Cheap and faulty e-cigarettes are leading to injuries "similar to those you would experience if you were shot in the face", according to experts.
Victims of the exploding vape pens have required skin grafts and surgery in the most serious cases.
Plastic surgeons at Morriston Hospital's Welsh Centre for Burns and Plastic Surgery in Swansea said they had treated five patients for burns after e-cigarette batteries exploded.
"Before this year we hadn't seen any injuries like this. Now we have had five which reflects the rising popularity of these e-cigarettes," consultant plastic surgeon Dai Nguyen told the Press Association.
Three of the patients were carrying their devices in their trouser pockets when they exploded.
They include a 25-year-old who was paintballing at the time and a factory worker who suffered thigh and groin injuries, as well as burns to his hand, when he tried to extinguish the flames.
Surgeons notified Trading Standards Officers and also wrote a paper highlighting the cases and calling for tougher import regulations on e-cigarettes coming into the UK and more guidance for consumers.
"It's not just us, this is something that is starting to be highlighted nationwide. I think we are only seeing the tip of the iceberg," Dr Nguyen said.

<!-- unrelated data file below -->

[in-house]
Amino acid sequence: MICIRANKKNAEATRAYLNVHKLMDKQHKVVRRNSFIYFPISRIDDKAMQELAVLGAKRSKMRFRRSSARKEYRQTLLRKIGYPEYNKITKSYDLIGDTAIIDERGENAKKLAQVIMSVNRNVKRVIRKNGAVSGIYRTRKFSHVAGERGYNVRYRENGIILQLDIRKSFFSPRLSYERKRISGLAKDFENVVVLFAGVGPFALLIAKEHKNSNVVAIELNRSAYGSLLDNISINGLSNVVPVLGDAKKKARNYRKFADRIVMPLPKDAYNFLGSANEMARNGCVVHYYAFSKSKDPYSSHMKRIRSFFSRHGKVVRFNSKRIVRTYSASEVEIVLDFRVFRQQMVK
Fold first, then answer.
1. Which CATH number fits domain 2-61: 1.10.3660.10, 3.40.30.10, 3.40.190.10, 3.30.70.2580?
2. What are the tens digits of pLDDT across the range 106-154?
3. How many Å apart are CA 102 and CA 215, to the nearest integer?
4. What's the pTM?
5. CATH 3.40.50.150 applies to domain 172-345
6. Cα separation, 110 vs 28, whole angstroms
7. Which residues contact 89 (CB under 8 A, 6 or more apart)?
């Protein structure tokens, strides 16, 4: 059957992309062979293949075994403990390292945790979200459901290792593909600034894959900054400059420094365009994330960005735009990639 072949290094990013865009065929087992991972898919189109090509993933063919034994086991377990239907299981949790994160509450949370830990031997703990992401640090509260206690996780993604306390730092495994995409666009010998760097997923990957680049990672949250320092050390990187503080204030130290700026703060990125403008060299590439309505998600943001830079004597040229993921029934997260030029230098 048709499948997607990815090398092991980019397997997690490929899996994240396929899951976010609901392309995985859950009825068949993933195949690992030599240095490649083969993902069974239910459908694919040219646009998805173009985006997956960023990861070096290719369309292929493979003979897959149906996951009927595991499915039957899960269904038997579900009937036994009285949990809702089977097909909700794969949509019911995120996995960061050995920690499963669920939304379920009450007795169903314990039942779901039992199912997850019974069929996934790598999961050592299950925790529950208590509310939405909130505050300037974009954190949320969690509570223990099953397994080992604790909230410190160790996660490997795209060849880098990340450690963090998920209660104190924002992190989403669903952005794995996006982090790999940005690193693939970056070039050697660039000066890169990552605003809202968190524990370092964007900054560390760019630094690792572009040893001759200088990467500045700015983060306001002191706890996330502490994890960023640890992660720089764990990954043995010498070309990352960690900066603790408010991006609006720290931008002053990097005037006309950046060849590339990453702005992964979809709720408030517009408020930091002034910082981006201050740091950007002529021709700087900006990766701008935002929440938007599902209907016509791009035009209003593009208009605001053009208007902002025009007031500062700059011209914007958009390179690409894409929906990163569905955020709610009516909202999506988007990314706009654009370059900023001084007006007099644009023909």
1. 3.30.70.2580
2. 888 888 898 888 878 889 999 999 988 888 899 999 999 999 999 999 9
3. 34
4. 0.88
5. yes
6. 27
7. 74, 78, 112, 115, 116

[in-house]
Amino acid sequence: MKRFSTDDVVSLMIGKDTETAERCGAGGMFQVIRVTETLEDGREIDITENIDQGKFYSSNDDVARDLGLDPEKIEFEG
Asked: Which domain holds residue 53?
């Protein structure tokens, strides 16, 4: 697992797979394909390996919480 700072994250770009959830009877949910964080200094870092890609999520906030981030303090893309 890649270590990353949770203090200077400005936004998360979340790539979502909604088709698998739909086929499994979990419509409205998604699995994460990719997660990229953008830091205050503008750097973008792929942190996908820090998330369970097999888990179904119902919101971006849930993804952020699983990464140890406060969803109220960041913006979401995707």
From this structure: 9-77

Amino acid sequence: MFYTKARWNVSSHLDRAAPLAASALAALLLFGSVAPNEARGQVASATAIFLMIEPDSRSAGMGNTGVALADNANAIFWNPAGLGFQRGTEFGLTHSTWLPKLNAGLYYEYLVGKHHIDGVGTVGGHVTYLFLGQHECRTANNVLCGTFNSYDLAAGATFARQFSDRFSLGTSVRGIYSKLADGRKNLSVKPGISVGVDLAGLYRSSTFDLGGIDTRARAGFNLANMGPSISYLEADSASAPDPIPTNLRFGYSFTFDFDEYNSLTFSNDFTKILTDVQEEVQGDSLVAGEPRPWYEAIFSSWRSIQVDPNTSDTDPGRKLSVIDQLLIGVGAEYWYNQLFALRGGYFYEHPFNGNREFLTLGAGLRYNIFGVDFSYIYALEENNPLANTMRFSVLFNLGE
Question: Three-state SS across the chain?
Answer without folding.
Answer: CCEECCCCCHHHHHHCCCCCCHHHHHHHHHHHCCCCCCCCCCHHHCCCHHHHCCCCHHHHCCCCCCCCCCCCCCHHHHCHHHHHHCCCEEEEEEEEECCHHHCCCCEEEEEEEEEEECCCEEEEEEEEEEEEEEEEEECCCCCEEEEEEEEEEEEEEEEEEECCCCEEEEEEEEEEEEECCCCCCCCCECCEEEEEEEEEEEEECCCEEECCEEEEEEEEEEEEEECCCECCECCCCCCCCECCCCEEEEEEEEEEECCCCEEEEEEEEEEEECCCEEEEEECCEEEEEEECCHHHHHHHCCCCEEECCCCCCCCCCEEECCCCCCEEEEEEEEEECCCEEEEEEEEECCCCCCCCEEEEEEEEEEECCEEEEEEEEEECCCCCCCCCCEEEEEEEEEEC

"I suspect a lot of A&E departments may also be dealing with these incidents and we're just not aware of them."
The patients she has seen only suffered superficial burns and have made a good recovery, but she said some people have not been so lucky.
"I am aware of other cases which have required surgery and skin grafts," Dr Nguyen said. "There have also been reports of e-cigarettes exploding in people's mouths which resulted in catastrophic injuries similar to those you would experience if you were shot in the face by a gun."
Michael Bennet received hospital treatment for 10 days after his vaping device exploded in his pocket.
"It was a scary experience," he told Sky News. "What really gets me is that I could have been picking my son up off the floor when it blew up and it would have blown into his face. It could have blinded him."
Swansea Council trading standards officer David Picken urged customers not to be tempted by cheap imports and to always take care when buying.
"These chargers have not been constructed to the correct safety standards and are often counterfeit," he said. "Take additional care when buying online. Consider carefully if the cheapest is the best, particularly when the goods are coming directly to you from a business outside of the UK and EU."
He said customers need to make sure the e-cigarette is labelled correctly, check if it has a visible CE mark, and ask the shop for information confirming they come from a reputable source.
The problem of exploding electronic cigarettes is not restricted to the UK. in 2014, the US Fire Administration published a report into the explosions, examining the causes and effects.
The report found that, due to the design of the e-cigs – their cylindrical shape placing their weakest points at the ends – an exploding battery can cause them to "be propelled across the room like a bullet or small rocket".